In this troubleshooting situation, the equipment is a package unit heat pump, and the customer has called for service because although they have the thermostat set at 74° F, the temperature in the building remains at 64° with the system “running constantly.” When you arrive, you confirm the thermostat settings and the uncomfortable indoor temperature. And, when you check the outdoor section of the equipment, you find the outdoor coil severely frosted. The compressor and the outdoor fan motor are running.

After reviewing the manufacturer’s wiring diagram shown in Figure One and the legend in Figure Two, you decide that your first step would be to check the condition of the Defrost Thermostat (DFT), and your voltmeter shows 0-volts at the switch connections.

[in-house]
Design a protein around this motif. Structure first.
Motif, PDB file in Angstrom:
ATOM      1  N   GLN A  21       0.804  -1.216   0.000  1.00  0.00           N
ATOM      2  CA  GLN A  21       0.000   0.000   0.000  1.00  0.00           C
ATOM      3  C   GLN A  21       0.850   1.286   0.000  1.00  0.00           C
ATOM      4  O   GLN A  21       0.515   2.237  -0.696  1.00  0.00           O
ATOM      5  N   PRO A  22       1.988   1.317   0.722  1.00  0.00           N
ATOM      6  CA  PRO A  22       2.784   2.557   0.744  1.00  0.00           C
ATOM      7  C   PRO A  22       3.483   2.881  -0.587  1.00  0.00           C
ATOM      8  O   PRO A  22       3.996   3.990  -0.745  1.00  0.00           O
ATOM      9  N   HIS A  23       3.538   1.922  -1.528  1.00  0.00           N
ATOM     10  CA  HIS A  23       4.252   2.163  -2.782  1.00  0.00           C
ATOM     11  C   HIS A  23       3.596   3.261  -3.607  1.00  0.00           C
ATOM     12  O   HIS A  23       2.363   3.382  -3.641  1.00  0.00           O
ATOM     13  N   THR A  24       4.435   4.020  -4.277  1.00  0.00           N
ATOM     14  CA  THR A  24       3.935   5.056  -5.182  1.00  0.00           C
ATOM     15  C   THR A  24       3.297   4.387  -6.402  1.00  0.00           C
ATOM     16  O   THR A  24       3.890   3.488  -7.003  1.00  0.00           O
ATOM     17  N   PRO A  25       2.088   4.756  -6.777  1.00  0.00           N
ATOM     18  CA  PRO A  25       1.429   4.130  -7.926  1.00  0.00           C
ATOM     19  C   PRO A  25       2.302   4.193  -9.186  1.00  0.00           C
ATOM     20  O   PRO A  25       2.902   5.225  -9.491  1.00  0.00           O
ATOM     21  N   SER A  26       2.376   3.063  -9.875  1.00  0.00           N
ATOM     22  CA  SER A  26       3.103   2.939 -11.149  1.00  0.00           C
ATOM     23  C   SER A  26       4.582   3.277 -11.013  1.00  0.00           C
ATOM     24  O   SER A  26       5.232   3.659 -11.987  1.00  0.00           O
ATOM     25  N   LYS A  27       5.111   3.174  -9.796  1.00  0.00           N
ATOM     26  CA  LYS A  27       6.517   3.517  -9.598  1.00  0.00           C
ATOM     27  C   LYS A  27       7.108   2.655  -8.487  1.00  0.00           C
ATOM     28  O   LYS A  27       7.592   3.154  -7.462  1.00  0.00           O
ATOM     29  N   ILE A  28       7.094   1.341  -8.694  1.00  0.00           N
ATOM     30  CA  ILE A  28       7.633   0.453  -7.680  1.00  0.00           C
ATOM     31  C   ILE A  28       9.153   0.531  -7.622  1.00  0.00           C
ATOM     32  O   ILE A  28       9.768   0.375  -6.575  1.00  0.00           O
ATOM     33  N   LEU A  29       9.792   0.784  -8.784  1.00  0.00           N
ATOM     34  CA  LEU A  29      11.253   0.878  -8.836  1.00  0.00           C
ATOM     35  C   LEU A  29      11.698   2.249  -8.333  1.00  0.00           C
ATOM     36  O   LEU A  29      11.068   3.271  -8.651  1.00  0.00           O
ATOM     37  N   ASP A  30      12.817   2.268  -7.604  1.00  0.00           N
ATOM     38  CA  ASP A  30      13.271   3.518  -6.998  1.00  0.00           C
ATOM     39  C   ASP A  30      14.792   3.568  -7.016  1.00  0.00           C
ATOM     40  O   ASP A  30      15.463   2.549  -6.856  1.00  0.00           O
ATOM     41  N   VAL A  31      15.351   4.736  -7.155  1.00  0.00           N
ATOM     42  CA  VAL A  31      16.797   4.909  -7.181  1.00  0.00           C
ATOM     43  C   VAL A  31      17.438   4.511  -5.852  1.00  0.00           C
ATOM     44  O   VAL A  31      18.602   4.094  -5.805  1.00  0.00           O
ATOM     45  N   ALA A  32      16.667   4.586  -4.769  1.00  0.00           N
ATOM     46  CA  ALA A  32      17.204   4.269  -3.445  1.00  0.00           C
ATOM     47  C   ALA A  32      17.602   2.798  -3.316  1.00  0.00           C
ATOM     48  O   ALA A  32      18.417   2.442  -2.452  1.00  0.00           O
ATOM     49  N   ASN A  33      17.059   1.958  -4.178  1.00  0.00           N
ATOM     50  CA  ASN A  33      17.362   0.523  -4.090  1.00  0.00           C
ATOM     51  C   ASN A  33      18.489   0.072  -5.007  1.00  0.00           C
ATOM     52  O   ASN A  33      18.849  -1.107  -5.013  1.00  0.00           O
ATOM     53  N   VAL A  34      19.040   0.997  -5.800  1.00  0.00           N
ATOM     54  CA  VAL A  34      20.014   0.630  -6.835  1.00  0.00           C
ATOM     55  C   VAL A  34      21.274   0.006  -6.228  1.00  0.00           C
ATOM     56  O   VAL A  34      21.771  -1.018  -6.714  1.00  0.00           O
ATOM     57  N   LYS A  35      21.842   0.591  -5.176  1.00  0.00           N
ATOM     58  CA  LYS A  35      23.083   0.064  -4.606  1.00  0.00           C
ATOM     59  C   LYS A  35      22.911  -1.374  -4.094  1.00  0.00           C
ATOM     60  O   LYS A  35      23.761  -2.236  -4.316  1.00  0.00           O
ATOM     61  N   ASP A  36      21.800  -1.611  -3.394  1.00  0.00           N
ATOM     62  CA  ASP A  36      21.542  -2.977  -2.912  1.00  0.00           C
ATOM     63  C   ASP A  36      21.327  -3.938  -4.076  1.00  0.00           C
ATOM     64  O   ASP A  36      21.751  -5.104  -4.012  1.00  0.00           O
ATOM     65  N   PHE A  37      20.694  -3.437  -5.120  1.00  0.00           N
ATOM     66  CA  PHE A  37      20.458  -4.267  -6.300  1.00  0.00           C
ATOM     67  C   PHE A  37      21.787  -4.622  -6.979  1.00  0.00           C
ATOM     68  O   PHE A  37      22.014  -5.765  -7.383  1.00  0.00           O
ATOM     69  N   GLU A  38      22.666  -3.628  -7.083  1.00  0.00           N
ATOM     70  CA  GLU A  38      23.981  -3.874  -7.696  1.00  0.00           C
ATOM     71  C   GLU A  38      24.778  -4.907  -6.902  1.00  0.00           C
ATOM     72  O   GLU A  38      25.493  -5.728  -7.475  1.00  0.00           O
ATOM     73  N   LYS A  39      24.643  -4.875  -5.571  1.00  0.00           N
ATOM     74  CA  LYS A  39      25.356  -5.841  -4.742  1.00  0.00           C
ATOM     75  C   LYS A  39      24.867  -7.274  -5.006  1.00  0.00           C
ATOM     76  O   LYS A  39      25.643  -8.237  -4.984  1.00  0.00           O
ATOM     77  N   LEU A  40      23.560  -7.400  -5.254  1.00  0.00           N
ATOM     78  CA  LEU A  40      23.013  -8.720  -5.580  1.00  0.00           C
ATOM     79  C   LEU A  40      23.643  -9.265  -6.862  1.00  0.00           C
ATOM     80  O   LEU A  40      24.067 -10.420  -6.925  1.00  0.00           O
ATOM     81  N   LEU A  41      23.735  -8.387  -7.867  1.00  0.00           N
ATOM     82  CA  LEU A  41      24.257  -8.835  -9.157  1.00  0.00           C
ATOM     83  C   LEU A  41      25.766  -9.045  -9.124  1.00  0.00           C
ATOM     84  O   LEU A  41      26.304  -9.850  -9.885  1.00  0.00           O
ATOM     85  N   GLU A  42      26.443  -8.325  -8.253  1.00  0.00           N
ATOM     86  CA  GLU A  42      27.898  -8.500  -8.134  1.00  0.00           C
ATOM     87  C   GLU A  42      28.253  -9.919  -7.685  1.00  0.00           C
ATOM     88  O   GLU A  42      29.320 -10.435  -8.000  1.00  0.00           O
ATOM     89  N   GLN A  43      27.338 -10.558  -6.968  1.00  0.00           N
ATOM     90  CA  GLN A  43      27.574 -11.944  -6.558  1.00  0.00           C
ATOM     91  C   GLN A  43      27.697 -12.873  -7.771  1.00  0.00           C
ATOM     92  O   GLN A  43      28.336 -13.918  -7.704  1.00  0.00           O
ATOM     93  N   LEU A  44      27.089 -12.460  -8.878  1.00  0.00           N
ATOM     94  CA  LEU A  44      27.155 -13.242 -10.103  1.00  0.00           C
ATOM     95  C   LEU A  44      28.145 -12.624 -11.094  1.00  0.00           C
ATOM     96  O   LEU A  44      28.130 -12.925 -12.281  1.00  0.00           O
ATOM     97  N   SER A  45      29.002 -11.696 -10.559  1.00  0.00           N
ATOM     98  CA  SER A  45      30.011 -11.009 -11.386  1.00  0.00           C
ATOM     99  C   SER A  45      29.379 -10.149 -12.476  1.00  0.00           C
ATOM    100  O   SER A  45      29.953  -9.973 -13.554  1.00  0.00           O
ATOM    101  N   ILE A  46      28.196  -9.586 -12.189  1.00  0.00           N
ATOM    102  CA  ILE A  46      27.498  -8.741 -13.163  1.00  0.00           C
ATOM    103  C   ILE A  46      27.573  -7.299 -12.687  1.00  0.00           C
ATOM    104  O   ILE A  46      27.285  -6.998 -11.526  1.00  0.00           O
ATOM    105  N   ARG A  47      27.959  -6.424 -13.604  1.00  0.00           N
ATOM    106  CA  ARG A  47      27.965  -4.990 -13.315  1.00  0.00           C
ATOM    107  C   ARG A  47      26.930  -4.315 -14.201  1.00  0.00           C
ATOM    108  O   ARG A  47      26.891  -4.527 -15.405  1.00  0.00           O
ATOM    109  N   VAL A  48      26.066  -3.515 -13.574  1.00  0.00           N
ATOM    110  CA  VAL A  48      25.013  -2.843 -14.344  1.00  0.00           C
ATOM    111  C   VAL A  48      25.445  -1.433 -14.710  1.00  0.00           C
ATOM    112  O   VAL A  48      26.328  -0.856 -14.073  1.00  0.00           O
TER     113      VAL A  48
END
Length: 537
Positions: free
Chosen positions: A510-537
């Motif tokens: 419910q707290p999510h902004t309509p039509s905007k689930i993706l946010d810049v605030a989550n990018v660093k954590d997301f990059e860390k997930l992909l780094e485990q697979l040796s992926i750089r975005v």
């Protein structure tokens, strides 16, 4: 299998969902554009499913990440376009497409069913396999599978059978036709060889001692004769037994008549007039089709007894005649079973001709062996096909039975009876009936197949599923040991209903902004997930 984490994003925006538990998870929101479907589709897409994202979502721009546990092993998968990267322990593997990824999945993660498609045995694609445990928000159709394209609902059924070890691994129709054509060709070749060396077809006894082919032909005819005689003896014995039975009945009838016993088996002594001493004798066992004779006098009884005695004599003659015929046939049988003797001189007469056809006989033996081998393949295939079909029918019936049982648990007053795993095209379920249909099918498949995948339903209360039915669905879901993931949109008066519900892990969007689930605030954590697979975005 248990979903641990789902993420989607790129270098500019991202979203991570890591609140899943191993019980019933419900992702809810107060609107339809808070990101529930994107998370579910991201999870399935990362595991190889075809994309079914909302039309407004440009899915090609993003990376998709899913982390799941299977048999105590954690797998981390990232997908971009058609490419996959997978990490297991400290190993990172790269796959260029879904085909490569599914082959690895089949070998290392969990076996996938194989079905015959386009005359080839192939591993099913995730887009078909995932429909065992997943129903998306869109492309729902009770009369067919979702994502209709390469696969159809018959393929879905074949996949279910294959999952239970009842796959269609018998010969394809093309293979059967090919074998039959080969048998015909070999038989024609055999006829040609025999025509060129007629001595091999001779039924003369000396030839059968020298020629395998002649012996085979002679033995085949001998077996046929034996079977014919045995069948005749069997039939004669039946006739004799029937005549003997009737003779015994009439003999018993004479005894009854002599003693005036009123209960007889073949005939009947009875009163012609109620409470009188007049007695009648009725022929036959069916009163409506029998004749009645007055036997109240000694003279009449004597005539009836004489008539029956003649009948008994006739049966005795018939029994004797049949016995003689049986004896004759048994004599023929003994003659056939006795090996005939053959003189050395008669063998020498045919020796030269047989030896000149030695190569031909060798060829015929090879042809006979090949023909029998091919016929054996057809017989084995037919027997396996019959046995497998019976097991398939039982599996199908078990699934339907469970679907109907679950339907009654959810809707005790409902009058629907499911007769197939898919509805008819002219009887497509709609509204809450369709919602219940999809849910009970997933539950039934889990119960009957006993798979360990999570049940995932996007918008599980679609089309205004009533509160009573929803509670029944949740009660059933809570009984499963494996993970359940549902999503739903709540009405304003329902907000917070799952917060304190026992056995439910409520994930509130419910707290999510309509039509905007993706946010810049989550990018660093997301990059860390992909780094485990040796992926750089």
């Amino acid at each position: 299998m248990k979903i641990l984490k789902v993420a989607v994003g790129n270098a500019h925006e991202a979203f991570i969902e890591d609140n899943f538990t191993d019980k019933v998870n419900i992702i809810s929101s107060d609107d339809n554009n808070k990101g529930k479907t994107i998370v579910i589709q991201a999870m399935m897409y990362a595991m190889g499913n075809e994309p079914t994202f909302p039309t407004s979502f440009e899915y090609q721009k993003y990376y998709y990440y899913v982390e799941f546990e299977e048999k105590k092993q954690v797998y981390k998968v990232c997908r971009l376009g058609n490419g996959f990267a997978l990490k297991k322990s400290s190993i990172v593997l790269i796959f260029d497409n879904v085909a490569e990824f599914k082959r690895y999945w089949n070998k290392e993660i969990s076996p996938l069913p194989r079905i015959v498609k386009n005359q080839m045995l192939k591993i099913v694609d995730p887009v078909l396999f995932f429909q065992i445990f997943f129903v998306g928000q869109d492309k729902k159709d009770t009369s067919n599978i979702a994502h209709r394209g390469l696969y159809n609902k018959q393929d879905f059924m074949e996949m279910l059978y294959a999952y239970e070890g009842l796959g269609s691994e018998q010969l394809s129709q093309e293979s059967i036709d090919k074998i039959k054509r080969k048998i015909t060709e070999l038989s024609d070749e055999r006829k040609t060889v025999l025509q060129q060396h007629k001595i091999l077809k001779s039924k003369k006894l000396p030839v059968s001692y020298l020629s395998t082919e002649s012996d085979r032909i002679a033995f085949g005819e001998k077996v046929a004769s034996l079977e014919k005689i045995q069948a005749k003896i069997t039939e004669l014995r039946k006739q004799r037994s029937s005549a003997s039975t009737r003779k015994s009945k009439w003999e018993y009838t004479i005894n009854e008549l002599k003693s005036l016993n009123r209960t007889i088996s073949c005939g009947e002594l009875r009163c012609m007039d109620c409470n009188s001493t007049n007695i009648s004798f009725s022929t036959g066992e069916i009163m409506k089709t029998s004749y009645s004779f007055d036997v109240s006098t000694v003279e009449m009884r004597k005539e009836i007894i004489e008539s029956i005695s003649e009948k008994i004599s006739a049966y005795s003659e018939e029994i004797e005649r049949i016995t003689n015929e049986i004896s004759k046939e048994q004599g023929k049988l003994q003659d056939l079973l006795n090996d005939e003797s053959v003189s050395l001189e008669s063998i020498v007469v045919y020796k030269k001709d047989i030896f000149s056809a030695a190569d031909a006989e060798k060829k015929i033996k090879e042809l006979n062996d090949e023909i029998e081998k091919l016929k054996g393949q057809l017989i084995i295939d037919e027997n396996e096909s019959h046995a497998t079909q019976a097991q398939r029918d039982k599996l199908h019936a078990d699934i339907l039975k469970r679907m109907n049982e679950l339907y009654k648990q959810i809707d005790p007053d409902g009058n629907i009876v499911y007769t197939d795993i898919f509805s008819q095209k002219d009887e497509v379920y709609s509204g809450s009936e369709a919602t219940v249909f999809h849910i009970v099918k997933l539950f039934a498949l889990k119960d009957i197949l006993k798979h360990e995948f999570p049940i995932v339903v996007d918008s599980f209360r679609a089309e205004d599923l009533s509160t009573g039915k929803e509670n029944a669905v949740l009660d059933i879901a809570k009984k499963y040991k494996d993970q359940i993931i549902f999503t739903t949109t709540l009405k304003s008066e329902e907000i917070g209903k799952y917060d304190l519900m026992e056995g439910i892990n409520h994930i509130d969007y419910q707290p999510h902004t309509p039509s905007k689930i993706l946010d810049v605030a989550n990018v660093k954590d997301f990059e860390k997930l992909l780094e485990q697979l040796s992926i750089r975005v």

Figure Two

Heat Pump Definitions

As your next step, you locate and attach a jumper across the pins that allow you to initiate a defrost mode. With this step accomplished, the reversing valve switches to re-direct refrigerant flow, allowing the outdoor coil to warm up. The outdoor fan motor continues to run. When you test at the Defrost Relay (DR) terminals wired in series with the OFM, your meter shows 0-VAC.

Your two-part troubleshooting question:

  1. Which component needs to be replaced to restore this equipment to normal operation?
  2. What condition did the failure of this component cause that led to the frost build-up?

Compare your answer with ours here.